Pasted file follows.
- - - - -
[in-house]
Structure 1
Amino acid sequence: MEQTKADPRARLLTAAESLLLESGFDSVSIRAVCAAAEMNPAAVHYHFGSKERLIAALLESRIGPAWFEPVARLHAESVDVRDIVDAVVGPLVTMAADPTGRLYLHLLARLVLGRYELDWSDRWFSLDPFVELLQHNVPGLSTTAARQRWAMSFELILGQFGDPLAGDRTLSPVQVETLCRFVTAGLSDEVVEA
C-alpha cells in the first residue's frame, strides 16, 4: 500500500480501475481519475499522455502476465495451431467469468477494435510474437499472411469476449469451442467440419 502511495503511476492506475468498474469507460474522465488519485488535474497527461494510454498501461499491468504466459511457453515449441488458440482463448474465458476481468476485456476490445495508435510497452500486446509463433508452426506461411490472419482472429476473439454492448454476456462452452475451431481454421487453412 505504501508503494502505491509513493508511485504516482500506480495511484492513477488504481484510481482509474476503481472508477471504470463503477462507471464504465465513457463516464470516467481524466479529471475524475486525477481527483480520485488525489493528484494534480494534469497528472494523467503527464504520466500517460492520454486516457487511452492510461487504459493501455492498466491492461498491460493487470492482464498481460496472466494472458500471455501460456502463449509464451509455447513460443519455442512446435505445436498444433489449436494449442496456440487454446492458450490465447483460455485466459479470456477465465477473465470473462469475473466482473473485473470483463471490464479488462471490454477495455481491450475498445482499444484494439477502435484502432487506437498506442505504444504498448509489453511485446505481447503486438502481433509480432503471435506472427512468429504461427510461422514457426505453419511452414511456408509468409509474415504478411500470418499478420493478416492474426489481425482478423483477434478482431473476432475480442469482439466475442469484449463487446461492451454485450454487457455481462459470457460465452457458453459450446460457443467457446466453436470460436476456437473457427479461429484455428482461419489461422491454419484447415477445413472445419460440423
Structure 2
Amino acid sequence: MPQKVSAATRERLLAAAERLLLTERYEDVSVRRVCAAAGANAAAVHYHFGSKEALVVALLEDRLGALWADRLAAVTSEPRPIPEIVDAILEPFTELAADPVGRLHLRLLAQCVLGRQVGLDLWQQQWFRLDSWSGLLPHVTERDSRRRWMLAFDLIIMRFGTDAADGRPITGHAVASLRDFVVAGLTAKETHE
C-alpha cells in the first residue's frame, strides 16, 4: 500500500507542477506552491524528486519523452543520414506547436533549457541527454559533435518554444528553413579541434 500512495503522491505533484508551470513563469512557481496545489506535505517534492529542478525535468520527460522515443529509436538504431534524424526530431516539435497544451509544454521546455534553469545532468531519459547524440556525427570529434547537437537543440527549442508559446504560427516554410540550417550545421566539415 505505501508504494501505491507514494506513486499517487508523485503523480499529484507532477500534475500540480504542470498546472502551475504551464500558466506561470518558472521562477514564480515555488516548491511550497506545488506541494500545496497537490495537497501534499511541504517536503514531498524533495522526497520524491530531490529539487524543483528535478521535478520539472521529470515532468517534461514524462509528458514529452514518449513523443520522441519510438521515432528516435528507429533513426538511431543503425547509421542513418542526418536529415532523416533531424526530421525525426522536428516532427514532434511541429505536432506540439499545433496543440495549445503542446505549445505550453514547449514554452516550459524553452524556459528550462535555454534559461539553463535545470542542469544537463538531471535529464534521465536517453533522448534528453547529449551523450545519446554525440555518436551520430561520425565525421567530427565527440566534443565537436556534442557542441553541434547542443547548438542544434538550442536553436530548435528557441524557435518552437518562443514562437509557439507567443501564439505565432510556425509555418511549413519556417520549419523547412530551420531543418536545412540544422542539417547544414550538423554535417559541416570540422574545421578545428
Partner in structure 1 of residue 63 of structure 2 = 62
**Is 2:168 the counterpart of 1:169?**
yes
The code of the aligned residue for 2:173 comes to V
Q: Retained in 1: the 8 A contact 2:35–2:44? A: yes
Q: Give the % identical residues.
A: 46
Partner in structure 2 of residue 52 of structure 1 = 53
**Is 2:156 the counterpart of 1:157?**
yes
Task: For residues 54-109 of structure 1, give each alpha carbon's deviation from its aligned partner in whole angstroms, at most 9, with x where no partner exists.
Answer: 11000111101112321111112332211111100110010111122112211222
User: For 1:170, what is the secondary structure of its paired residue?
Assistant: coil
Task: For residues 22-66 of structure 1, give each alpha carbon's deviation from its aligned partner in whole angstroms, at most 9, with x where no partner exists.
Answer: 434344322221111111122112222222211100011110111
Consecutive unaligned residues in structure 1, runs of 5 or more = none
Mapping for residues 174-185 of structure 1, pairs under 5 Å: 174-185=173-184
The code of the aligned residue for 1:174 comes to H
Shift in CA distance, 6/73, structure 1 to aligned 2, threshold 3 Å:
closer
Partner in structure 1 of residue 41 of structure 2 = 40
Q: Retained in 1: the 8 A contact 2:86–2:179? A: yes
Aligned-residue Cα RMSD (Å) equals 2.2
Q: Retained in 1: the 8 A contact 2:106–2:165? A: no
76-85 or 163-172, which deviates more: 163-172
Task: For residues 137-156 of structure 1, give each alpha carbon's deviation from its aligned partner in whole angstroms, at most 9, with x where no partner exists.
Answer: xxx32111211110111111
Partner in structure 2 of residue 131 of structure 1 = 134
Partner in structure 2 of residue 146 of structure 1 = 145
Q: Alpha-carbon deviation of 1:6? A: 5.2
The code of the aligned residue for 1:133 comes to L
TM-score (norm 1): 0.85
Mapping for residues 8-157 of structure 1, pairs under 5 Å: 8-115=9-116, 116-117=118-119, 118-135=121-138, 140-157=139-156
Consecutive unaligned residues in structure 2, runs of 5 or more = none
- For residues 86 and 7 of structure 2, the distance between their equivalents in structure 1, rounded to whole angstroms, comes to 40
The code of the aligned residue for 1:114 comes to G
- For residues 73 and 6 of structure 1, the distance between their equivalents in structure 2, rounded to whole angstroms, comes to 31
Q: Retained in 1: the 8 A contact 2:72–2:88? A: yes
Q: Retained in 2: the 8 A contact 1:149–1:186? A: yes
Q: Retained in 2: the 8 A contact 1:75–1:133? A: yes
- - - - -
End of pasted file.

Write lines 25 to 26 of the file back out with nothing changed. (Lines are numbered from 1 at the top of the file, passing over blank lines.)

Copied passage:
Mapping for residues 174-185 of structure 1, pairs under 5 Å: 174-185=173-184
The code of the aligned residue for 1:174 comes to H